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If you’ve ever tried to ignore your toddler’s cry, you know how irritating it can be. It’s high-pitched, and grating to the ear. And when you ignore your child’s screams, it makes you feel like a failure. And worse, it brings back bad memories.
Ignoring a toddler’s screams
It may seem counter-intuitive to ignore a toddler’s screams, but it is important to do so. First of all, screams are a normal part of toddler development. They are a natural outlet for emotion, so parents should avoid reacting to them. If possible, try to remain calm, get down on their level, and try to keep your voice soft. Also, avoid reacting to screaming yourself, as this will only encourage the child to continue the behavior. If necessary, consider investing in earplugs.
Another reason to avoid ignoring a toddler’s screams is to avoid a dramatic scenario. The child may learn that yelling louder gets them better results. If you’re ignoring a toddler’s screams because you’re busy with other tasks, you’ll lose valuable parenting skills. Eventually, your child will stop screaming on their own. However, this tactic doesn’t always work. Instead, stubborn kids will continue to yell louder to be heard.
Another common mistake parents make is not being consistent with their rules. It is vital to follow them consistently. Babbling can be distracting and may not actually get the message across. Instead, use signs and gestures to communicate your child’s needs.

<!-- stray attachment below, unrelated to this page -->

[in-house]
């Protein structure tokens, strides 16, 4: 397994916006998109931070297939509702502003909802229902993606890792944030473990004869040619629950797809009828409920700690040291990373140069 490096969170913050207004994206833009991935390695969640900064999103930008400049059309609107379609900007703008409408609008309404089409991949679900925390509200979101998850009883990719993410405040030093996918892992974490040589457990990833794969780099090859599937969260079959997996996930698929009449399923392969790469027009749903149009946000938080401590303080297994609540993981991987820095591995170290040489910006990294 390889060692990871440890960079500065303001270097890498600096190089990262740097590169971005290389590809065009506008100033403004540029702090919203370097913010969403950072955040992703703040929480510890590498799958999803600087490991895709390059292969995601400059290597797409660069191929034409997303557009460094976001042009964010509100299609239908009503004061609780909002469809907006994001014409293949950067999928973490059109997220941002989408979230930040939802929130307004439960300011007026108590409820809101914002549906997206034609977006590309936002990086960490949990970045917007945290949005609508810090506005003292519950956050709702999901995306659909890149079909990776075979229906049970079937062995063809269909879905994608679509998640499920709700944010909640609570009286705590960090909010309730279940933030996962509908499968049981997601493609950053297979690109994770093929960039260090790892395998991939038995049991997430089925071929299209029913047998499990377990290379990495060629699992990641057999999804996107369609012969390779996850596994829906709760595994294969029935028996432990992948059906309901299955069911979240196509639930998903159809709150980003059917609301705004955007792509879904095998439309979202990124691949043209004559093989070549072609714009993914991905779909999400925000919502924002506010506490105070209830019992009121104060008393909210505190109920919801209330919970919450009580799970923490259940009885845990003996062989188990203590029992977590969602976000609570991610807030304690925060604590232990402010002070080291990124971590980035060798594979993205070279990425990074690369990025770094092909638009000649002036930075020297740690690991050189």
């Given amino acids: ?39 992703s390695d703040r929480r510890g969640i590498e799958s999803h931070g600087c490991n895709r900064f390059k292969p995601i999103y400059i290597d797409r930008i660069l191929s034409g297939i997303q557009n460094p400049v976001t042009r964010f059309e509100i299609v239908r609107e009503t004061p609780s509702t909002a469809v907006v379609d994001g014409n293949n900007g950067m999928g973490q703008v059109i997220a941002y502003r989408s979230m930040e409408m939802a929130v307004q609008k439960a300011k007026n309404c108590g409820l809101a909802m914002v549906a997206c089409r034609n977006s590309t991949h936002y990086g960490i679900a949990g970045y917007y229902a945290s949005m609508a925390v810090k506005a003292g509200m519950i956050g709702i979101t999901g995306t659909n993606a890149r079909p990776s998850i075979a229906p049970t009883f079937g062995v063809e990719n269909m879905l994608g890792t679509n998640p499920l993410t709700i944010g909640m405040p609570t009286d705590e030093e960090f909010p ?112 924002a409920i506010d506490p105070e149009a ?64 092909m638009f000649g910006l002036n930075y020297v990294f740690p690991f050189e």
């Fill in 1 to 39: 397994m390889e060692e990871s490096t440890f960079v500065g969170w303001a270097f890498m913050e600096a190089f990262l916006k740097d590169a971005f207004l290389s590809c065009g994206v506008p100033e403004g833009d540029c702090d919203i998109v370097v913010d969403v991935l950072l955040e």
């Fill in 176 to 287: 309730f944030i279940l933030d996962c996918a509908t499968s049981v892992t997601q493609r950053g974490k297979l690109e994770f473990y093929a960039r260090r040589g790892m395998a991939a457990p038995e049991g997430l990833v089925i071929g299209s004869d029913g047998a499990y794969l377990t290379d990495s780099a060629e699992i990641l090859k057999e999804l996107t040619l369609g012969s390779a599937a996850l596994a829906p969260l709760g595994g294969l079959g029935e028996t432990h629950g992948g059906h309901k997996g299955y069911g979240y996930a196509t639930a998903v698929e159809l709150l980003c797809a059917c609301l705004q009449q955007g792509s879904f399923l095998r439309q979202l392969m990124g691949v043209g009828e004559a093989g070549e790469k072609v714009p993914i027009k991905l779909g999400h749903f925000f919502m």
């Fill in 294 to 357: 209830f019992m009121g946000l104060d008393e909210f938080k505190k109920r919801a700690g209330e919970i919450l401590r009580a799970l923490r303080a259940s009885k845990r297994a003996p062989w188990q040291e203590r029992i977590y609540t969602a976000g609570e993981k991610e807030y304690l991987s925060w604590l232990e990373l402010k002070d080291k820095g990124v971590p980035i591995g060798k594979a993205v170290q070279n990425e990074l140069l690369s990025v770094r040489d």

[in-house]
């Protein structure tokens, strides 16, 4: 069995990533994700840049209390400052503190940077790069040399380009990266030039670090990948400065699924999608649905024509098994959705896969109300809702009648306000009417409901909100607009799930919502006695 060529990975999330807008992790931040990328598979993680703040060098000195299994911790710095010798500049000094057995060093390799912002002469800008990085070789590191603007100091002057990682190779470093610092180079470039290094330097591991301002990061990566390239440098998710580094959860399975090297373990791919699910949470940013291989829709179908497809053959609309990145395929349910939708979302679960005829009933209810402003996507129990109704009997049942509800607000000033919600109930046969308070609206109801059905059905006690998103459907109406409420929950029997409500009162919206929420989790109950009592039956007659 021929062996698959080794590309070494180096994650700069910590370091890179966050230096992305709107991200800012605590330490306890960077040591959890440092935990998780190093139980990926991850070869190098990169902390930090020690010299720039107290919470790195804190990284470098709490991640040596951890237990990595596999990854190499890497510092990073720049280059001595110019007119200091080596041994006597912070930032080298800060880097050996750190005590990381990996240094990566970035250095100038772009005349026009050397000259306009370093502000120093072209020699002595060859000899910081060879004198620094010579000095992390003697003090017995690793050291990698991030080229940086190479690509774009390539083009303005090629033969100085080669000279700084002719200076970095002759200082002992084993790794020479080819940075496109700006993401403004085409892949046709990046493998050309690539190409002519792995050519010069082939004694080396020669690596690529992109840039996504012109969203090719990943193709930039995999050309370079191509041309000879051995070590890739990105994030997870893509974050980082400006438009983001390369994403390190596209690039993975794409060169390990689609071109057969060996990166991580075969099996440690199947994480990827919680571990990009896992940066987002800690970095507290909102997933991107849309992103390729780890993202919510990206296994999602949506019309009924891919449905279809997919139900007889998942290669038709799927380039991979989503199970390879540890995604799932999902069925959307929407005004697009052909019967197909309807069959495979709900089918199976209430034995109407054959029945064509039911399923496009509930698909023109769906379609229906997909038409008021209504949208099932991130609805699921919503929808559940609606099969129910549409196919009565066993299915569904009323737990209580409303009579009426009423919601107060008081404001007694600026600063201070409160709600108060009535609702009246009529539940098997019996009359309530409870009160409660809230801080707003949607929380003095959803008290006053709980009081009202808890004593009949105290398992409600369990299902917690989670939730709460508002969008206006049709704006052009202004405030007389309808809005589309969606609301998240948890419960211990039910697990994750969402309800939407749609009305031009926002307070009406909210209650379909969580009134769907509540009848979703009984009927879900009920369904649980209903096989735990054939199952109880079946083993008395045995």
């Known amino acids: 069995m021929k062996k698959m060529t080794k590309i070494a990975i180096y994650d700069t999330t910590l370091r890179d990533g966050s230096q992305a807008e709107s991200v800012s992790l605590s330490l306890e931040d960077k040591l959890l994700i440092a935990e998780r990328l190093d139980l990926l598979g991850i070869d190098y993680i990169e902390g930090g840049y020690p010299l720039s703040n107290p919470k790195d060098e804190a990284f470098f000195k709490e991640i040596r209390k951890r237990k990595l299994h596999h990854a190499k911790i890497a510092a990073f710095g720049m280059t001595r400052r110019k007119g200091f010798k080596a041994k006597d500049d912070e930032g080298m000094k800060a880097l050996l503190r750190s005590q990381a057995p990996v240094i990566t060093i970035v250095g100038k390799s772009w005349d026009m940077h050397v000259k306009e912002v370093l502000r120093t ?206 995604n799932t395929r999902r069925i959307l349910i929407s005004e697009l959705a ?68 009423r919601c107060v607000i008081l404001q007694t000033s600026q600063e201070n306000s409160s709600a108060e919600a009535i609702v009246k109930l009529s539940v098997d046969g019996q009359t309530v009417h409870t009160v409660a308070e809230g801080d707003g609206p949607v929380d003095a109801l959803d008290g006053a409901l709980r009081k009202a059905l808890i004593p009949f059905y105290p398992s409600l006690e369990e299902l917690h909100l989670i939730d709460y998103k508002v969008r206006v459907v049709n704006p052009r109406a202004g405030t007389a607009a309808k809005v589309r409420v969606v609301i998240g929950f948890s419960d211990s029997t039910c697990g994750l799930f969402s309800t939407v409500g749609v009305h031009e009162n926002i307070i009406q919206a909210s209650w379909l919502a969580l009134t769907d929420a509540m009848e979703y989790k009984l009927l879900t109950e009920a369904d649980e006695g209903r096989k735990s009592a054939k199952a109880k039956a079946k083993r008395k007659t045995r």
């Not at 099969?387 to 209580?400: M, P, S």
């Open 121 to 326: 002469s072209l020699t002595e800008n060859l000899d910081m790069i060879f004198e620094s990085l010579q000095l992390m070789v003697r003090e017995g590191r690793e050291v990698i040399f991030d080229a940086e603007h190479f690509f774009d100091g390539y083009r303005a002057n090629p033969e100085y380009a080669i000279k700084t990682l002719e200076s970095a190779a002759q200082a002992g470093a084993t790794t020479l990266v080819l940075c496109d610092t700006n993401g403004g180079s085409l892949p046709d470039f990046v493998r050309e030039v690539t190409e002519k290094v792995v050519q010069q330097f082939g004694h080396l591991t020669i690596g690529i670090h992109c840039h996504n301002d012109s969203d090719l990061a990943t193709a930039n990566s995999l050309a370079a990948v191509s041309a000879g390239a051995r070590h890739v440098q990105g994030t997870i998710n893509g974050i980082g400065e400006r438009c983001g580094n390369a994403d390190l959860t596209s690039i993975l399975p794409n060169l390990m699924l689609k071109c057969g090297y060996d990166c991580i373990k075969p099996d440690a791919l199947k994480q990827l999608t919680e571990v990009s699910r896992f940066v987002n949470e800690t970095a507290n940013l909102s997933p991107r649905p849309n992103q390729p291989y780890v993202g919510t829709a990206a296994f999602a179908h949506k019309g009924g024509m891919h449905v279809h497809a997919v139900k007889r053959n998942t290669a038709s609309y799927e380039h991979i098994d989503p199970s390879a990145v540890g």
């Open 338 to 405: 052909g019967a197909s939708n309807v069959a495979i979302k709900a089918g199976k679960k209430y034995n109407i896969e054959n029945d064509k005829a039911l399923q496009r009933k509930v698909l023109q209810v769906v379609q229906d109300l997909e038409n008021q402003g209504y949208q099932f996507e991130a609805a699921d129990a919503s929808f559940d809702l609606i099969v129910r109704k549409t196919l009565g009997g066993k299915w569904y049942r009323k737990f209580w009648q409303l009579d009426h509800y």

Screaming can be a tool for manipulation
Human distress screams are highly salient vocal signals of imminent danger. Due to their distinctive roughness and acoustical properties, they convey cues that tell us that we are in danger. They can also induce sustained anxiety for long periods. These findings suggest that screaming can be a powerful tool for manipulation, especially in cases of vulnerability.
When a child screams to communicate with others, he or she is often trying to manipulate the parent or another adult by using a negative approach. These screams can be very effective in manipulating anxiety for up to an hour. It is also highly perceivable, even at low intensities.
In one experiment, participants were exposed to alternating blocks of a threat and safe experience. Each block began with a baseline measurement that measured skin conductance. Following this, a written sentence provided information about the upcoming block, and then a subjective anxiety rating was collected at the end of each block.
It can make parents feel like failures
The everyday battles parents have with their children can lead to a sense of failure. Child misbehavior evokes negative memories from our past and can lead parents to snap and yell. The result can make the child feel unsafe and can lead to a rocky relationship with the parents.
While it can be frustrating to deal with crying babies, it is important to remember that they are attempting to communicate with you and are seeking your attention. It is important to remember that yelling in front of a baby is not healthy for both you and your child. Not only is it bad for your child, but it also releases chemicals in the body that contribute to stress and anxiety.
When parents constantly yell at their children, they are teaching their kids how to overreact in times of frustration. This behavior is normalized and can affect your child in the long run.
It can stir up bad memories
Parents can feel overwhelmed when their children yell, and this behavior may make them snap. But yelling can do more harm than good for children. It can create bad memories for them and increase their stress levels. It can also make them feel bad about themselves. In fact, yelling can create a rocky relationship between you and your child.